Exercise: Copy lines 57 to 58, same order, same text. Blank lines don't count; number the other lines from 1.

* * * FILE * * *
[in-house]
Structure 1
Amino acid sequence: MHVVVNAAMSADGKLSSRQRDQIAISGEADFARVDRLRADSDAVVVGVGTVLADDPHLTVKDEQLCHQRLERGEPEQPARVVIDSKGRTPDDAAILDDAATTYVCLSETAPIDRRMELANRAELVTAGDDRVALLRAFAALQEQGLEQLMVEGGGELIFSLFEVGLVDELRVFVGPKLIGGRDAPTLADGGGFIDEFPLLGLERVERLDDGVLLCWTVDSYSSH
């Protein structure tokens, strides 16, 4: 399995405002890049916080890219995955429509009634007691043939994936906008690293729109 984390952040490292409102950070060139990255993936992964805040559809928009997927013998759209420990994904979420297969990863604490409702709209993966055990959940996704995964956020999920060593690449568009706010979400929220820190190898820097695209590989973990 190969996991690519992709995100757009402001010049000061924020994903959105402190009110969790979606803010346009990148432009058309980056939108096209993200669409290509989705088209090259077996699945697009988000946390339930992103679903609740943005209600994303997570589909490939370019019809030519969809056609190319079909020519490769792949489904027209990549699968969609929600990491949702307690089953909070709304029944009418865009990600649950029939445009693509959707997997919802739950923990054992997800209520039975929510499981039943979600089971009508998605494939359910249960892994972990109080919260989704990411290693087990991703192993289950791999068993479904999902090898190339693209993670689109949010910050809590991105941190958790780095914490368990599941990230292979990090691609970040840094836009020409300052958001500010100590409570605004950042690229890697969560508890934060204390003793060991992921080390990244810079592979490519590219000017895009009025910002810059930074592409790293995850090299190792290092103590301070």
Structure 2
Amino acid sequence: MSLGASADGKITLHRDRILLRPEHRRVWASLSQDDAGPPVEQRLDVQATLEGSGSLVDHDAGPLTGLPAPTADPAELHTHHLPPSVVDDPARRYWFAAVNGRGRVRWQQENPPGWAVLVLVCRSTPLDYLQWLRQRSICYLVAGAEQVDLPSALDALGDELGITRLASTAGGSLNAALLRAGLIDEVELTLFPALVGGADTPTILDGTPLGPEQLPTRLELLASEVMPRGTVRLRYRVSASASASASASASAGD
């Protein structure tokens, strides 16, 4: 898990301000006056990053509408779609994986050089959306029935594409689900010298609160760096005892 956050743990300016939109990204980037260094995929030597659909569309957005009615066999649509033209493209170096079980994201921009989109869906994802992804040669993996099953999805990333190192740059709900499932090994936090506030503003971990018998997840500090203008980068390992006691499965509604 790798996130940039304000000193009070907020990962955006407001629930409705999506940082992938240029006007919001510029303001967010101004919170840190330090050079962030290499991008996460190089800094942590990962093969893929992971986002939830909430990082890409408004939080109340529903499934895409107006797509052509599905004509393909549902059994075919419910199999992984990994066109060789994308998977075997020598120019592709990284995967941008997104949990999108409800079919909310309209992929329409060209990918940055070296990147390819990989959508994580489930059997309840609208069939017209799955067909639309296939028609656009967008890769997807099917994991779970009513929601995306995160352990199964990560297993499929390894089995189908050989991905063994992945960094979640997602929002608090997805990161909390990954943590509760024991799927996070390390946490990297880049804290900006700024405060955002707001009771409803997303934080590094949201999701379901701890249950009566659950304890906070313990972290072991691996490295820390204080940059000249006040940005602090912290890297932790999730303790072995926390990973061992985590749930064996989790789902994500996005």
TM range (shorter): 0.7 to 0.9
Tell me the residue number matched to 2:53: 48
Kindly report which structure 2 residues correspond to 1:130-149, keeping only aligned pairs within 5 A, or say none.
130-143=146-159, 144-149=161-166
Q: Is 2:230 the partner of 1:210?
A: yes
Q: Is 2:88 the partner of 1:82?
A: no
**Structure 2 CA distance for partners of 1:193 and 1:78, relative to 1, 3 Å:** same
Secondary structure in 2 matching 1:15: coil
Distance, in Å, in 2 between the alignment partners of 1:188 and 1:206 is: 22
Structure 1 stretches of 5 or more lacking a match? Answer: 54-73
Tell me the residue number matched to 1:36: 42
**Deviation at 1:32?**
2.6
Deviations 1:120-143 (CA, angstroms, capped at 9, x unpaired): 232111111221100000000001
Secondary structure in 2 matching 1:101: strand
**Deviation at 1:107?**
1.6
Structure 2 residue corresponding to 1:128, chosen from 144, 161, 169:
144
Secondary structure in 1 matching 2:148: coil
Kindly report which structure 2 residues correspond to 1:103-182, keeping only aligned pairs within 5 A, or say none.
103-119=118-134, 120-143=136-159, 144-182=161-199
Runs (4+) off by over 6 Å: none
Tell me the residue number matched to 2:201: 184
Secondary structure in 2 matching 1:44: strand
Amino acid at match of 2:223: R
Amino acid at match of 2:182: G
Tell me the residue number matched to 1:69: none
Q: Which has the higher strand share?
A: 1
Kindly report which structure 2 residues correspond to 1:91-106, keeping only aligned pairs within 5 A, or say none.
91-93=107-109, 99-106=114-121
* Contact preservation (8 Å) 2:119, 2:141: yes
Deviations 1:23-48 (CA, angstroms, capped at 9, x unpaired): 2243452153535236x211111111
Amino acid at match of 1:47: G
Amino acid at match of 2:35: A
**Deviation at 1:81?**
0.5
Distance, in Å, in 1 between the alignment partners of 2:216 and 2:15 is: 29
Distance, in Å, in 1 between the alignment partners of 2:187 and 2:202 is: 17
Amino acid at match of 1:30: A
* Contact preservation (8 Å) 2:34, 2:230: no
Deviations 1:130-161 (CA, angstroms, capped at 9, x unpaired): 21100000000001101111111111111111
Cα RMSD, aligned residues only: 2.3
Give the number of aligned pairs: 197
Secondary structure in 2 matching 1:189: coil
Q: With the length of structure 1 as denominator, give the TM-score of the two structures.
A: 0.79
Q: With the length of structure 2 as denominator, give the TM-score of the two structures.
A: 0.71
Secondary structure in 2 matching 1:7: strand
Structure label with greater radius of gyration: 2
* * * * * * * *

A: 0.79
Q: With the length of structure 2 as denominator, give the TM-score of the two structures.